5. Book a Ticket

After having the right information, it's time to book your flight. You will most airlines don't permit lots of pets on a plane. So the earlier you book, the better. This way, the airline can reserve a seat for your dog.

While here, you can inquire whether they will take your dog's weight combined with the carrier, or the dog and carrier will be weighted separately.

Most airlines request you pay for your dog's air ticket during your traveling day.

After booking the ticket—

Now that you have reserved a seat on the plane and are sure your pet is allowed to travel, you can go into the next step.

6. Get the Right Pet Carrier

Your dog should be in a crate or kennel while inside a plane. Whether it's a long or short ride, ensure this carrier is spacious for your dog. According to the AKC, this pet carrier should allow your dog to stand, sit, and turn easily.

This carrier should have a leak-proof bottom - That's important as you don't want your dog's pee to disrupt other travelers' comfort.

There should also be good ventilation on the sideways.

Don't buy any air travel pet carrier you find on craigslist or newspaper ADs; you might be frustrated.

Check the airline's specification on the best carrier to use on a plane.

Furthermore, the international air transport association (IATA) has the right information you need to know on the pet carrier's requirements.

Your Dog Should Be Comfortable Staying In a Pet Carrier

This carrier should create a positive feeling for your dog. If you only use a carrier when taking your dog to a vet, he might be scared of getting inside when it's time to travel.

Before you travel, acclimate your furry friend to the carrier.

Let the dog explore the carrier and reward him if he accepts to come close to it. 2- 3 weeks before traveling, use the carrier when traveling to places your dog likes. For example, let your dog be in the carrier when you go to the pet shop to fetch his favorite treats.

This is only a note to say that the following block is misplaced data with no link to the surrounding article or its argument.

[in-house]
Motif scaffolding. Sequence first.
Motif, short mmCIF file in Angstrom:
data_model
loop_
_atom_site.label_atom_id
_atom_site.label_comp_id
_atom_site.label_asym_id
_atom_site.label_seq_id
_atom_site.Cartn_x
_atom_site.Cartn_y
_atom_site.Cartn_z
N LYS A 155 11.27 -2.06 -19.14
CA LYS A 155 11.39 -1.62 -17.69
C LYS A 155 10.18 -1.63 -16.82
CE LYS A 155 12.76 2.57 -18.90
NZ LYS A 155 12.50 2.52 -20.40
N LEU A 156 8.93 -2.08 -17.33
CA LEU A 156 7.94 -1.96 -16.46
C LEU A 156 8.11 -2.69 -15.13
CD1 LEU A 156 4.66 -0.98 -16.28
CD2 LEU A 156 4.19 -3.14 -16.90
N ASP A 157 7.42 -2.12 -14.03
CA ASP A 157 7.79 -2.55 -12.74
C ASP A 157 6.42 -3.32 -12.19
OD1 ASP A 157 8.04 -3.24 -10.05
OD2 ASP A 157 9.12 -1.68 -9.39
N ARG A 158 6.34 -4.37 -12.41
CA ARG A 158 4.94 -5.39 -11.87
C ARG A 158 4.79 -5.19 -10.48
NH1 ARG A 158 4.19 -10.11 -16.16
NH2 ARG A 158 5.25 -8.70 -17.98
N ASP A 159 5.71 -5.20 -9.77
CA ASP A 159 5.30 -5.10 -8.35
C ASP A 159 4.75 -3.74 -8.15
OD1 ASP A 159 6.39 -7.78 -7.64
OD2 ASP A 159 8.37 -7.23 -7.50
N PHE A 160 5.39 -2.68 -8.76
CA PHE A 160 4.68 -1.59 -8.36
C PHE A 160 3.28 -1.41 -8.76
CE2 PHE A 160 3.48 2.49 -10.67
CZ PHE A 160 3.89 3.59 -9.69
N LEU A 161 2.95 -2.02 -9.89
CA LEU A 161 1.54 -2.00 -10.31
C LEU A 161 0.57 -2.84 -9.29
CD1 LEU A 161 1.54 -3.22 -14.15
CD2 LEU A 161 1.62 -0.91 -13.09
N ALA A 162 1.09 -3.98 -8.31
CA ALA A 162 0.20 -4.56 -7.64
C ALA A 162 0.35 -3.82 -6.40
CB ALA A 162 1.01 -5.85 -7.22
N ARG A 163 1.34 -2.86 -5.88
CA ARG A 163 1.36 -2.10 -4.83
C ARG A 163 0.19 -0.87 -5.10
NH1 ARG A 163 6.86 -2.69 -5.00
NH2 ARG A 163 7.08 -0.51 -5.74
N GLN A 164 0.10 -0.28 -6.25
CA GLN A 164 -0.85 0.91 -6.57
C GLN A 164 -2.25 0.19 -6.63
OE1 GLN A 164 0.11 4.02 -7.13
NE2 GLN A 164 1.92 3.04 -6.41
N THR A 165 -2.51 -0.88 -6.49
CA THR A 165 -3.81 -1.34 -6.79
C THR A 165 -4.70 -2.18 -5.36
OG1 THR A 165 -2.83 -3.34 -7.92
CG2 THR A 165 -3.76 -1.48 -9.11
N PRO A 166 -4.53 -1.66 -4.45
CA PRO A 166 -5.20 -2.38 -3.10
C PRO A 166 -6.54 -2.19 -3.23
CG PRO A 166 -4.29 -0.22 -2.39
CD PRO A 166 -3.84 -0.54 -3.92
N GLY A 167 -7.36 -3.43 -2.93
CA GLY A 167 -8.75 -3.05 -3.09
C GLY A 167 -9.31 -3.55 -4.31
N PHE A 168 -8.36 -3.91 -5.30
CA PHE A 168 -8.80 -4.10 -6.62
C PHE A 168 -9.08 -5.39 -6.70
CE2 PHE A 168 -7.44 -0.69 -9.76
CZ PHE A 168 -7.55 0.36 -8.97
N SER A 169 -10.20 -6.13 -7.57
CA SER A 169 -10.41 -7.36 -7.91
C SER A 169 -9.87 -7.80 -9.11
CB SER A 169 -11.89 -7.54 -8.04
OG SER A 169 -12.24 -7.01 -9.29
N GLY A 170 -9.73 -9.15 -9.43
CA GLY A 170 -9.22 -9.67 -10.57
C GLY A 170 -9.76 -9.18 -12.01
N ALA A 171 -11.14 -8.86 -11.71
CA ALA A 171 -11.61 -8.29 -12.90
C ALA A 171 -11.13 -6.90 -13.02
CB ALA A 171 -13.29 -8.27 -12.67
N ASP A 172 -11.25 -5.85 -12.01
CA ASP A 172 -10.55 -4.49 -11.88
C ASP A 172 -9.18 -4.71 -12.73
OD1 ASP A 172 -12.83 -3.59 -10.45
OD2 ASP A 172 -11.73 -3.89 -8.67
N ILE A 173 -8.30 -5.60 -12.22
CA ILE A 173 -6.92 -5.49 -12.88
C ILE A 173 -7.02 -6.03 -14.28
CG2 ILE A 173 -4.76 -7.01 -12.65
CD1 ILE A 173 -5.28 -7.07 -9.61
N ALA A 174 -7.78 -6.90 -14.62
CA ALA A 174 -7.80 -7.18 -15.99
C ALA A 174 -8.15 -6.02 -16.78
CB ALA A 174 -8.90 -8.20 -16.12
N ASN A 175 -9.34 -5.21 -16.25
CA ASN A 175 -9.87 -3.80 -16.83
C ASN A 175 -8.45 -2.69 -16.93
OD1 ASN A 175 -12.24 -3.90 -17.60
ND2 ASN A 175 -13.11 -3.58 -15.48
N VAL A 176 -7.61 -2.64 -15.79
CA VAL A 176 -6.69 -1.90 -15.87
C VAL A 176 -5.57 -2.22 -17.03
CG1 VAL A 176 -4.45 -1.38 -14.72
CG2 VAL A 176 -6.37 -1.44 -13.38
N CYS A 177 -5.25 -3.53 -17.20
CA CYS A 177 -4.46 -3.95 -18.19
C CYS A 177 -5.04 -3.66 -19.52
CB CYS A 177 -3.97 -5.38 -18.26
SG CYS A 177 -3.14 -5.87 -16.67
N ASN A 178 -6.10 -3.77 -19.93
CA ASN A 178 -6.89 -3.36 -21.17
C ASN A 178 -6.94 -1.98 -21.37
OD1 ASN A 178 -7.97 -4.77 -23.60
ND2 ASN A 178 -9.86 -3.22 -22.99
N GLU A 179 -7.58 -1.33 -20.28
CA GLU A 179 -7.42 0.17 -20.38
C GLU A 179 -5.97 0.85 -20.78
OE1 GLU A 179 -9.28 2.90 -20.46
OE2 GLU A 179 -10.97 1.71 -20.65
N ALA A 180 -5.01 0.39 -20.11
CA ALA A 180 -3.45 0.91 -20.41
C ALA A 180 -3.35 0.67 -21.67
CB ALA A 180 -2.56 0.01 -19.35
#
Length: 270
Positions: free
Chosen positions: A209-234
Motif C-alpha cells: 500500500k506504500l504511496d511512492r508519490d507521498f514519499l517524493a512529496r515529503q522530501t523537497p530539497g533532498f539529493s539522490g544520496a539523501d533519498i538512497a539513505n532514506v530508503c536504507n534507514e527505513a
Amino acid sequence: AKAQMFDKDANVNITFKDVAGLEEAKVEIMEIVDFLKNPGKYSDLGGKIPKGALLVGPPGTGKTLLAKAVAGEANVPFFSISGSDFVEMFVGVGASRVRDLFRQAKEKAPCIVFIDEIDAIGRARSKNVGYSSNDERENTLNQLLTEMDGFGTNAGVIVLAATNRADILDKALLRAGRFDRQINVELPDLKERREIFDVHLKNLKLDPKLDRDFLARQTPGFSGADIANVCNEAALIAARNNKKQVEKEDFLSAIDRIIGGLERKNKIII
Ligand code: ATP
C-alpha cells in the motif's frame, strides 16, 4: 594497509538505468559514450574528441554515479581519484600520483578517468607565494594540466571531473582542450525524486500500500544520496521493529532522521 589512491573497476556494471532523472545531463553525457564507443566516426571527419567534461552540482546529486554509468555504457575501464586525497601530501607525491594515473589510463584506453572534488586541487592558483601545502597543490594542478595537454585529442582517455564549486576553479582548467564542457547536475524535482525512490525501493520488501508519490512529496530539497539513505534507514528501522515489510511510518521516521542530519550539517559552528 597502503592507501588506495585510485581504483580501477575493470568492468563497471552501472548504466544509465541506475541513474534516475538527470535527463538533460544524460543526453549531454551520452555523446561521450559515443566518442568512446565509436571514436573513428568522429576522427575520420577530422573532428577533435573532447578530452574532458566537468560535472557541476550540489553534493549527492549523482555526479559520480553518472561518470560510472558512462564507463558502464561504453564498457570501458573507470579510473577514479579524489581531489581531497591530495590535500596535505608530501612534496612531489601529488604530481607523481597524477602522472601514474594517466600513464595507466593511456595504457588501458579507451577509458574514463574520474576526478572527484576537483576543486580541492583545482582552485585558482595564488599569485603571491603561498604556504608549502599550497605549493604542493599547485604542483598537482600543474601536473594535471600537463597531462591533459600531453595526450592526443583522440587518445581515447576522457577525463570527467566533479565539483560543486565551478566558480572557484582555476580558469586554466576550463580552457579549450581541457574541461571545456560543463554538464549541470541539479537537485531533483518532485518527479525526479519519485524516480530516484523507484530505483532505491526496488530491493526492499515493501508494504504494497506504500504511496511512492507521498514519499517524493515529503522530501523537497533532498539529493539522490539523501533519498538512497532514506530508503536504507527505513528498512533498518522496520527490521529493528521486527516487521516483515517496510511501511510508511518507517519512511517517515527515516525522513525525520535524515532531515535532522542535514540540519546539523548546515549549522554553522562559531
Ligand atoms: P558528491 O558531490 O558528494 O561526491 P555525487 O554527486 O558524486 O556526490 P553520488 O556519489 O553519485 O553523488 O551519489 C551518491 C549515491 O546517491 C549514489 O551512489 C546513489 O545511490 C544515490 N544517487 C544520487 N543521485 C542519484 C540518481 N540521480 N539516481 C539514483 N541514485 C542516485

You can also use this carrier when taking your dog to a dog park. Your dog will be excited anytime he spots you picking up the carrier.

Important Tips When Using a Carrier during Traveling

  • Label your dog's carrier with your contacts
  • On top of the carrier, ensure you have the words' live animal inside'.
  • Have a clear sign showing the top side-. You never know; you might meet airline staff who are not keen on keeping your dog comfortable and might put the carrier upside down if not well labeled. So, being extra cautious won't cause any harm.
  • Put your dog's familiar items inside- your dog might be anxious with the roaring sounds or sights of other dogs and people. Get your old t-shirt and put it inside to calm your dog's jittery nerves. You can also get your dog's familiar bed and put it inside.
  • Put some new and old toys that will occupy your dog while traveling.
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7. Pack Your Dog's Essentials

Don't forget to pack all your dog's essentials in his traveling bag.

Some of the essential items you should not forget are—

  • Your dog's health certificates- ensure they are certified if that' the rule
  • Medication
  • Portable dog water bottle with an inbuilt bowl- hydrating your dog is vital; thus, when on the traveling yourself with a dog bottle with plenty of water. It will be easy to keep your dog quenched while waiting for the flight. Your dog will stay clear away from the health risks of drinking water from unhygienic sources.